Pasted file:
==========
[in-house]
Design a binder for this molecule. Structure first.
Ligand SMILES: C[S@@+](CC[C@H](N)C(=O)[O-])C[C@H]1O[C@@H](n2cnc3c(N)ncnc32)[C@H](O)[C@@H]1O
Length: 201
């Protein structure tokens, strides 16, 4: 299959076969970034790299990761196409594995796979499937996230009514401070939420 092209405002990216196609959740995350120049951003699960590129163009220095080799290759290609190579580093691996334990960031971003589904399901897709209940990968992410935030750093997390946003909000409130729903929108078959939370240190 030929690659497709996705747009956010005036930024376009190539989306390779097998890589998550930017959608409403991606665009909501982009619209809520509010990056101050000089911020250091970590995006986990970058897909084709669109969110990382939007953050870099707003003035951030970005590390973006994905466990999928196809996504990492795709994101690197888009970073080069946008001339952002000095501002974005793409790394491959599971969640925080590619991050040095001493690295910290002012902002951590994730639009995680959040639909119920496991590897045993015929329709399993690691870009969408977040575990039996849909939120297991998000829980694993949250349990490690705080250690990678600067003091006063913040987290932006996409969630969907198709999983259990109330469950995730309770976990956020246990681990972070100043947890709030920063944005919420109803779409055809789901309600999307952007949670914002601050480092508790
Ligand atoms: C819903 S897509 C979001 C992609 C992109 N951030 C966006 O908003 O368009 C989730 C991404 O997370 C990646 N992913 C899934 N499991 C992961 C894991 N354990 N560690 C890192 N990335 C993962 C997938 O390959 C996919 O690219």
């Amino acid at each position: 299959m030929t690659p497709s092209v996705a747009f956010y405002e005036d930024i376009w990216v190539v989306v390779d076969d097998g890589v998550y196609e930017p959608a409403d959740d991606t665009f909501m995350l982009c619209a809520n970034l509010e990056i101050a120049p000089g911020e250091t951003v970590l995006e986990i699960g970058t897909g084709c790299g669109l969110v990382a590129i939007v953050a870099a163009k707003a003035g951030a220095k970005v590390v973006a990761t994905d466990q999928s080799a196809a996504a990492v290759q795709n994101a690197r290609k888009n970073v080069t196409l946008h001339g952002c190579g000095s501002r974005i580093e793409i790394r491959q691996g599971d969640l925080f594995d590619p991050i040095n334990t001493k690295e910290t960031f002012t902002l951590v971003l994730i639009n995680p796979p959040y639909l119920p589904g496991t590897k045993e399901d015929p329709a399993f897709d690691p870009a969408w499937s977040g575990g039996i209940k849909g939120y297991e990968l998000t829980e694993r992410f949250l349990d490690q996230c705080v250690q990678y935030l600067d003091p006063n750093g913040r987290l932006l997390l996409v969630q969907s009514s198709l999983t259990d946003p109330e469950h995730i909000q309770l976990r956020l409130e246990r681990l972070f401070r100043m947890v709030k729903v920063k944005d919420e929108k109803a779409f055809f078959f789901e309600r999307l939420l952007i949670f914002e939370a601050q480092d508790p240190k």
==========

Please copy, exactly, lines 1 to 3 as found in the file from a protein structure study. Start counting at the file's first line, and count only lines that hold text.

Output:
[in-house]
Design a binder for this molecule. Structure first.
Ligand SMILES: C[S@@+](CC[C@H](N)C(=O)[O-])C[C@H]1O[C@@H](n2cnc3c(N)ncnc32)[C@H](O)[C@@H]1O